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About kiyoaki

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  1. kiyoaki

    Third Quarter 2019 Reading

    I blasted through all three books in Jack Vance's Durdane trilogy, which felt impressively fresh and rich in original ideas for something written so long ago, and reminded me that I need to read more classic SF/F. Then The Thief Who Went to War by Michael McClung, the most recent book in his Amra Thetys series. Nothing life-changing, but a fun, fast-paced read and a very welcome return to Amra's POV and foul-mouthed voice. Also Recursion by Blake Crouch, which I thought was a well-executed variation on themes earlier explored in Grimwood's Replay and North's Harry August.
  2. kiyoaki

    Scott Lynch's Thorn of Emberlain is Completed

    Cool. This series still has so much potential.
  3. kiyoaki

    First Quarter 2019 Reading

    My wife got a Kindle Unlimited subscription, so I checked out Michael McClung's self-published (?) Amra Thetys series. The first two books are perhaps not all that original but fun and very well written. Classic sword and sorcery, fast-paced and a little gory, with likeable characters. I will check out the rest of the series later.
  4. kiyoaki

    The Books That Have Just Come Out: New Release Thread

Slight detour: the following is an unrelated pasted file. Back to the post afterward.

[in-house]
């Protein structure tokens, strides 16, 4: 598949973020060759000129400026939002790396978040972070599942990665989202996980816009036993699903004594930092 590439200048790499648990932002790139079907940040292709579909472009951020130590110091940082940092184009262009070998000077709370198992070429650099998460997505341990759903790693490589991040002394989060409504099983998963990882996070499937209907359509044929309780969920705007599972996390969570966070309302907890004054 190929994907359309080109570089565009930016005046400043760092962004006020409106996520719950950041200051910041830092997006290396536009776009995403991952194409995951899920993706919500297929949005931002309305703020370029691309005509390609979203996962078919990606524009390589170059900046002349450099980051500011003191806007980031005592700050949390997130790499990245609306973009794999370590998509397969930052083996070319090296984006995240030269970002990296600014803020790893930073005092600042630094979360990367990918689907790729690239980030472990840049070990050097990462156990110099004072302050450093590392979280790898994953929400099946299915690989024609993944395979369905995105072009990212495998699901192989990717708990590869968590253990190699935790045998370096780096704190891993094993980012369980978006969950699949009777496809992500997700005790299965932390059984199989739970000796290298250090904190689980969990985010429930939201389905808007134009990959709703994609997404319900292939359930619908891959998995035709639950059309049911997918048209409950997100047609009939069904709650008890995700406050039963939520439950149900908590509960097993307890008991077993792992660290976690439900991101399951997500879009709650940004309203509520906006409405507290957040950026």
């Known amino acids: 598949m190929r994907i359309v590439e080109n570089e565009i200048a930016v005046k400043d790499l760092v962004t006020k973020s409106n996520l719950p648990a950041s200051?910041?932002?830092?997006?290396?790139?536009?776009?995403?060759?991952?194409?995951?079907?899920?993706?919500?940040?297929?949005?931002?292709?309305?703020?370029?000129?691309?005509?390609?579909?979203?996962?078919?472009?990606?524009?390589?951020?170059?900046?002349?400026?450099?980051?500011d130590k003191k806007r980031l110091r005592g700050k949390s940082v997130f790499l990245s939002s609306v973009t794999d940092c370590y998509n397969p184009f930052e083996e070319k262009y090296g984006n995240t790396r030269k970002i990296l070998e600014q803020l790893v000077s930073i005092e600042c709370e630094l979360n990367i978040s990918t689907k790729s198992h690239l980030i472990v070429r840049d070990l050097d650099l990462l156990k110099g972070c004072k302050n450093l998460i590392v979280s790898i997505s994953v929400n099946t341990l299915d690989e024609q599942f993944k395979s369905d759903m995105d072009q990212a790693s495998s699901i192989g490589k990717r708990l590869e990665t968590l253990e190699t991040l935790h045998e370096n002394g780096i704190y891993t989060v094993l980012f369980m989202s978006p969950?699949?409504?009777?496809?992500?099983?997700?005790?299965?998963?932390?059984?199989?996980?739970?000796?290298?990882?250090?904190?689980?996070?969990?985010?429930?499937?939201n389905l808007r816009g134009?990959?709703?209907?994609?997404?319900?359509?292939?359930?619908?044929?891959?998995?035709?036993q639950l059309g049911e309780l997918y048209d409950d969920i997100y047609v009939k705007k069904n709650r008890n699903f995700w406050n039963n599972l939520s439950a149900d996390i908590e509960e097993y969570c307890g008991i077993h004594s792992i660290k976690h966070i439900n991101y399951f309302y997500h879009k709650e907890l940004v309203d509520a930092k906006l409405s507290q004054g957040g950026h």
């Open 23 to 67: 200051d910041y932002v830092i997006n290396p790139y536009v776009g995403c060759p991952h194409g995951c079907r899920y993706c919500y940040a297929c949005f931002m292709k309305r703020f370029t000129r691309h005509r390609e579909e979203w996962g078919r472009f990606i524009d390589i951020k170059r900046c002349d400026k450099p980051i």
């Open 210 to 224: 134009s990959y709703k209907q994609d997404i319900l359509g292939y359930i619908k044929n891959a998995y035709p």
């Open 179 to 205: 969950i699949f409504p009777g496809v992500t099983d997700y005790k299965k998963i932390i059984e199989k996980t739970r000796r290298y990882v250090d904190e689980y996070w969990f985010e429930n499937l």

Looking forward to these two.
  5. kiyoaki

    K.J. Parker (a.k.a.Tom Holt) - Part II

    I think the historical novels (not the fantasy novels) he wrote as Tom Holt are also fairly good if you are looking for something similar in style to but not quite as bleak as his K.J. Parker stuff. I liked Meadowland.
  6. kiyoaki

    The Books That Have Just Come Out: New Release Thread

    I'm a third into City of Lies, which I bought on the strength of Robin Hobb's recommendation and it being about some young guy apprenticing to become a poisoner (an itch that somehow badly needed scratching). It has some interesting ideas but hasn't really gripped me yet. I think my problem is with the first-person perspective; the novel has two alternating narrators who are probably meant to complement each other (a girl with a frail body and a mildly autistic boy) but have very similar narrative voices. There’s also quite a bit of tell-not-show expository writing about the world and society that feels unnatural in the first person and drags down the pace. Also, unexciting combat scenes, and not nearly enough poisoning. The world building is interesting: a high-culture, low-technology patrician city state that gets caught up in a political and military crisis. Lots of actors and intrigues. The plot seems to be building up to something. I’ll keep reading to see where it goes.